Weekend Roundup: Bitstamp Troubles, Lighthouse Project Beta, and More Paycoin Controversy
Bitcoin Weekend Roundup from Cointelegraph.
Alyssa Hertig reported Monday that the Bitstamp exchange warned users to halt any deposits because of a hot wallet issue. We later found out that hackers stole more than US$5 million from one of the exchange’s hot wallets. On Friday, Ian DeMartino reported that Bitstamp came back online.
Charlie Richards reported Thursday that Mike Hearn’s long-awaited Lighthouse project is preparing its beta launch.
“Mike Hearn, one of the Bitcoin project's core developers, is preparing to launch the beta of the Lighthouse crowdfunding platform, one which looks set to change how core Bitcoin development is funded.
“Making use of an under-implemented conditionality function built into Bitcoin's central code, Lighthouse opens the door to users easily creating contractual and crowdfund-style Bitcoin transactions.”
3. Paycoin Attempts To Explain Away Pay Floor, But Deleted Statements Appear To Tell A Different Story
Ian DeMartino has been all over the Paycoin story, as its many dimensions unfold.
“At the center of the Paycoin controversy is the disagreement among critics and GAW over [whether] the US$20 price floor was ever actually something they promised to enforce. The company recently released a statement explaining their side of the argument.
“They claim that the US$20 figure was based off of figures ‘very much like a mathematical equation’ and that their plan of ‘expanding market capitalization, and crafting the mechanisms to ensure the market did not grow faster than the rate of adoption among users, the overall growth rate’ should have been enough to hold the US$20 price point, and blames the lower price on ‘dumpers.’ (Paycoin currently sits at US$ 4.05 according to CoinMarketCap.)
“Nowhere in the updated statement does it talk about Paybase using its market to influence the coin's price, nor plans to use the Coin Adoption Fund to help keep ‘stability,’ as was previously spoken about.”
Carlo Caraluzzo reported Thursday that Dish, formerly Dish Network, is launching an online television service, with bills payable in bitcoin.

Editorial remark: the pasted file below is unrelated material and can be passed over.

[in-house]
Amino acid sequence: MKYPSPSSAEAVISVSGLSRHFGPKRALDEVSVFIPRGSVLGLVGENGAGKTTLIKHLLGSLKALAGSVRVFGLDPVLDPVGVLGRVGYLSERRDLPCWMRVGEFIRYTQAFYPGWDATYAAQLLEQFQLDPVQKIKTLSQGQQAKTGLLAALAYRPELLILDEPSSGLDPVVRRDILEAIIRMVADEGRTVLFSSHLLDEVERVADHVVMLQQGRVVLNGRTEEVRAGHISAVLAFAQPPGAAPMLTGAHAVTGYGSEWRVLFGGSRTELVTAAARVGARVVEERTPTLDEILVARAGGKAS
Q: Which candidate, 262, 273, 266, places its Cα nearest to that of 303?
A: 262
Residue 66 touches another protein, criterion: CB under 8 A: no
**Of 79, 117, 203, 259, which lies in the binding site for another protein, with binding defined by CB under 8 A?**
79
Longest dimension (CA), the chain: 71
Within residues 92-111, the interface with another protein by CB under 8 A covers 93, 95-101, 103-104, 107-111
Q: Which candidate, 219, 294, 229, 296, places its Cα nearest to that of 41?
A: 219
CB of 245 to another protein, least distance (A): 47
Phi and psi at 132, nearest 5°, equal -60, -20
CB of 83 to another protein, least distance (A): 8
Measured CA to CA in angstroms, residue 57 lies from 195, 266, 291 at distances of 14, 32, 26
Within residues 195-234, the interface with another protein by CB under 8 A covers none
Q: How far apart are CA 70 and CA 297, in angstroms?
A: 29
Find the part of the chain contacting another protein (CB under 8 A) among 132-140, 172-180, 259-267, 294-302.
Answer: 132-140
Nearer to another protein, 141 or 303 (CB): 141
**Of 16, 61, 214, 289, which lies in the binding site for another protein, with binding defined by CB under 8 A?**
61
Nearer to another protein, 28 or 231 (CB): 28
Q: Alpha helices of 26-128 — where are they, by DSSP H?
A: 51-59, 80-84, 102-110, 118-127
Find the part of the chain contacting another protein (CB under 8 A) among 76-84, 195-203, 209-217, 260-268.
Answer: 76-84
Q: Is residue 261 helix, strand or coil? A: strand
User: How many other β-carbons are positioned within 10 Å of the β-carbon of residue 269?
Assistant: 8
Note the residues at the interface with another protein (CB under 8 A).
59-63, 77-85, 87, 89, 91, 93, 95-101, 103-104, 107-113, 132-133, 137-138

“The service will operate separately from standard Dish lineups. Users will be able to buy packages that allow them to stream their favorite shows over the internet, if they have an existing cable or satellite subscription.
“The new program by Dish is available for streaming on computers, IOS and Android devices, Amazon Fire TV, and Chromecast. Several channels will be offered at launch, with others added at a later date. Subscriptions cost US$20 per month.”
Cheryl Hulseapple reported Monday that the team behind Gems received additional funding.
“People say ‘Bitcoin is risky,’” Ran Achituv from Magma VC told Hulseapple:
“At the end of the day the worst case scenario is you lose 100% of your investment. You know the statistics in venture [capital]. So you should be afraid of the bleeding edge. However you need to employ strong logic and business sense. ...
“In the Gems case, it's a full house on all parameters. We're not investing in Bitcoin at all. Some might confuse it. We invest in cryptocurrency, the blockchain and what it enables from a user and ecosystem perspective.”
Two quotes taken out of context
“Full disclosure: I paid 50 cents in fiat, twice, to use the restroom in Arnhem Central station.”
“Most drug dealers, for an example, still communicate with simple text and phone conversations.”
— Ian DeMartino, “No More Burners”
This section is really just a ploy to highlight some of the good reporting Cointelegraph’s writers have done this week. Read the two stories above when you get the chance, as well as Carlo Caraluzzo’s reporting on IP issues regarding the term “Bitgold.”
- Whether serious or trolling, Coin Fire received a death threat on Friday morning, and the outlet says it has “sent the comment and all logs associated with it to law enforcement officials.”
- Rick Falkvinge, wrote in an article for TorrentFreak: “A Pirate Party representative is writing the European Union’s official evaluation of the copyright monopoly, and listing a set of necessary changes.”
The normal charts we use from Blockchain.info are acting up this week, so we are referencing Coinbase’s price and number-of-transactions charts instead.
The week started with a quick climb in bitcoin prices, from about US$276 on Sunday, to US$287 on Monday, to US$298 on Tuesday. After Tuesday’s peak, prices cooled to a fairly stable range in the US$280s until Saturday morning EST, when we saw a dip back down to US$276, where the week started.
The price rise — and the news about the Bitstamp hack — on Monday coincided with an unusual early-week spike in the number of transactions, and there were more than 95,000 unique transactions confirmed that day. On Thursday and Friday, numbers broke through the 100,000 mark. According to Coinbase, the 107,000-plus on-blockchain transactions are a new high-water mark for the network.